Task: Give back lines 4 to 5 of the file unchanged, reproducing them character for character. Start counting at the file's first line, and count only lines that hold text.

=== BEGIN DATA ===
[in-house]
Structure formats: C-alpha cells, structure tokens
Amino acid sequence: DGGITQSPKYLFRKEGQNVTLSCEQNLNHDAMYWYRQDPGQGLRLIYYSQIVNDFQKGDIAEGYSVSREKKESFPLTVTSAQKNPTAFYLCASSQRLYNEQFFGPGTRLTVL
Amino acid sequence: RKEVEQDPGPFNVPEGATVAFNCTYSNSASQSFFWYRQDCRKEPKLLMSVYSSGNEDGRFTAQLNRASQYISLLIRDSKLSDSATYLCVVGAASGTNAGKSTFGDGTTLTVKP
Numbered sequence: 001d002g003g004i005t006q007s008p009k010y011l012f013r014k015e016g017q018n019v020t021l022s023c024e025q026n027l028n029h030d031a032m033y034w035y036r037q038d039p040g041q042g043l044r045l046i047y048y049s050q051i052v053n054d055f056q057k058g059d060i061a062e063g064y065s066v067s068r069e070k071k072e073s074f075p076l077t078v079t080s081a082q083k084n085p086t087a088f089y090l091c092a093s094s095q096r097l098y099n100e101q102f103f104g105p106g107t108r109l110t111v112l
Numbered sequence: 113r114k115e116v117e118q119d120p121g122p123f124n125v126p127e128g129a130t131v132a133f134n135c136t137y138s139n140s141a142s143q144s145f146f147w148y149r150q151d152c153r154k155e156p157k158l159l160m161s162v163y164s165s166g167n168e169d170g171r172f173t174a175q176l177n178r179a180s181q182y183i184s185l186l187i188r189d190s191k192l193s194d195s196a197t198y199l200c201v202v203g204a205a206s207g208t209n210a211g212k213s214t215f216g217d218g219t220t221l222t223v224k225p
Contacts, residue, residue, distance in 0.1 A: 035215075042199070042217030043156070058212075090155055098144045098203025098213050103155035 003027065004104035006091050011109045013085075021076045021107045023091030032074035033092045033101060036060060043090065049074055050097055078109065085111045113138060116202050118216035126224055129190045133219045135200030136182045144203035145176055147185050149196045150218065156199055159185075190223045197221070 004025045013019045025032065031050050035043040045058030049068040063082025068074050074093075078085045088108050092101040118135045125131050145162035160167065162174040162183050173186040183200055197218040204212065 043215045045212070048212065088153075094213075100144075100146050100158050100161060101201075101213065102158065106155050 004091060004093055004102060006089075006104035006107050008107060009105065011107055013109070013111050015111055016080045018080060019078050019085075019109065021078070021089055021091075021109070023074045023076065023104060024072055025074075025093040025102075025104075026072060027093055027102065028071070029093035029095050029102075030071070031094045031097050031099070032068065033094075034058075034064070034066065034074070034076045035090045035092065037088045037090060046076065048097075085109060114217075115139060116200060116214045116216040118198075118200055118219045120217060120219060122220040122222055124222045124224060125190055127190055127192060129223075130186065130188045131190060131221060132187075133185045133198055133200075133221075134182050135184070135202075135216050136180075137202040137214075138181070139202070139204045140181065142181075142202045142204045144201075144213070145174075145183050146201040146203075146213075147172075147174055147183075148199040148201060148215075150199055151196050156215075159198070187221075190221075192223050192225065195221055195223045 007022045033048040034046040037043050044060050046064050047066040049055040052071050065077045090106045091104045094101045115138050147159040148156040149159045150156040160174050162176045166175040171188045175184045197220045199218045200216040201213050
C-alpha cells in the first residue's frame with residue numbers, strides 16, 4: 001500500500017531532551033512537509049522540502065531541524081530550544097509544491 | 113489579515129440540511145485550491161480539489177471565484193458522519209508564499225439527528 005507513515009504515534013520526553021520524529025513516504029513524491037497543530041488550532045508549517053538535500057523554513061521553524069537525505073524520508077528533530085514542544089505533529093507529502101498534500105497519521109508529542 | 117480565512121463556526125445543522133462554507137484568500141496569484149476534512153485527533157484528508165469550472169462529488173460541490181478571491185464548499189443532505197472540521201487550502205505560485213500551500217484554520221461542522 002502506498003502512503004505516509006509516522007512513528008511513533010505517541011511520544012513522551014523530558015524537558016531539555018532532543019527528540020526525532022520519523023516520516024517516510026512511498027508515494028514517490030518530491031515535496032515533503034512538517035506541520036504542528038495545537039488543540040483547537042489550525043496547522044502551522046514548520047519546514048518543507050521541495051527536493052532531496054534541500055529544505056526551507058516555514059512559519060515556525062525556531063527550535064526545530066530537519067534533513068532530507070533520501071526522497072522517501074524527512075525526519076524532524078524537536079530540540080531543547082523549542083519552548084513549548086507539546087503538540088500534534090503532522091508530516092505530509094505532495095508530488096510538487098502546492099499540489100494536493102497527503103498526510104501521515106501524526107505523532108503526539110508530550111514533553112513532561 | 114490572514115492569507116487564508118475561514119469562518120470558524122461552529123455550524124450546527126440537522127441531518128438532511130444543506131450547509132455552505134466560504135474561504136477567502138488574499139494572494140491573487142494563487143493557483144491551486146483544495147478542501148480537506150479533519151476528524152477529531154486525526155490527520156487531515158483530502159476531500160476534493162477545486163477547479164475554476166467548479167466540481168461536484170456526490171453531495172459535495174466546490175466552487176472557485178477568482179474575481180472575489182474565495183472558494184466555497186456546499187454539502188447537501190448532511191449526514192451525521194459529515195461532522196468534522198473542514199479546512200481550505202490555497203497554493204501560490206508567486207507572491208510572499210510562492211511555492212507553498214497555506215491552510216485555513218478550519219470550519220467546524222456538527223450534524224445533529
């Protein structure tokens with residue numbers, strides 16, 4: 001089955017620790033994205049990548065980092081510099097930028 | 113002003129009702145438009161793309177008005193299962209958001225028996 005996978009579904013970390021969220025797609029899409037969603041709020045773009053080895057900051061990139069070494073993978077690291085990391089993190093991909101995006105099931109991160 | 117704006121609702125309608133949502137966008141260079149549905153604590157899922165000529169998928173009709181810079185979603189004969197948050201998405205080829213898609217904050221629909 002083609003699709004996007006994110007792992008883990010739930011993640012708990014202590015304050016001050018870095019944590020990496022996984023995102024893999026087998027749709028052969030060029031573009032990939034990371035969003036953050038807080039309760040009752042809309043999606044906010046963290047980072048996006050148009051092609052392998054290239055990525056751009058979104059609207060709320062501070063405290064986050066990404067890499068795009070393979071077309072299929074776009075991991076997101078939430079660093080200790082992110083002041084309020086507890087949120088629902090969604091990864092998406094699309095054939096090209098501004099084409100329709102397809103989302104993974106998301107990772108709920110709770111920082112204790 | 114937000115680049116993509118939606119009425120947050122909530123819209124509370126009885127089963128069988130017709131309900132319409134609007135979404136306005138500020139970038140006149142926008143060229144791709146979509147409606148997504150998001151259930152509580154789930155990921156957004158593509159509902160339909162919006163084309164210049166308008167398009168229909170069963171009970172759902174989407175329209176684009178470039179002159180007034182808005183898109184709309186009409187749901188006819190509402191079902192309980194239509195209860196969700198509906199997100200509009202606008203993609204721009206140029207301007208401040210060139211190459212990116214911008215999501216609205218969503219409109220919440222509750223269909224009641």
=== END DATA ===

Amino acid sequence: RKEVEQDPGPFNVPEGATVAFNCTYSNSASQSFFWYRQDCRKEPKLLMSVYSSGNEDGRFTAQLNRASQYISLLIRDSKLSDSATYLCVVGAASGTNAGKSTFGDGTTLTVKP
Numbered sequence: 001d002g003g004i005t006q007s008p009k010y011l012f013r014k015e016g017q018n019v020t021l022s023c024e025q026n027l028n029h030d031a032m033y034w035y036r037q038d039p040g041q042g043l044r045l046i047y048y049s050q051i052v053n054d055f056q057k058g059d060i061a062e063g064y065s066v067s068r069e070k071k072e073s074f075p076l077t078v079t080s081a082q083k084n085p086t087a088f089y090l091c092a093s094s095q096r097l098y099n100e101q102f103f104g105p106g107t108r109l110t111v112l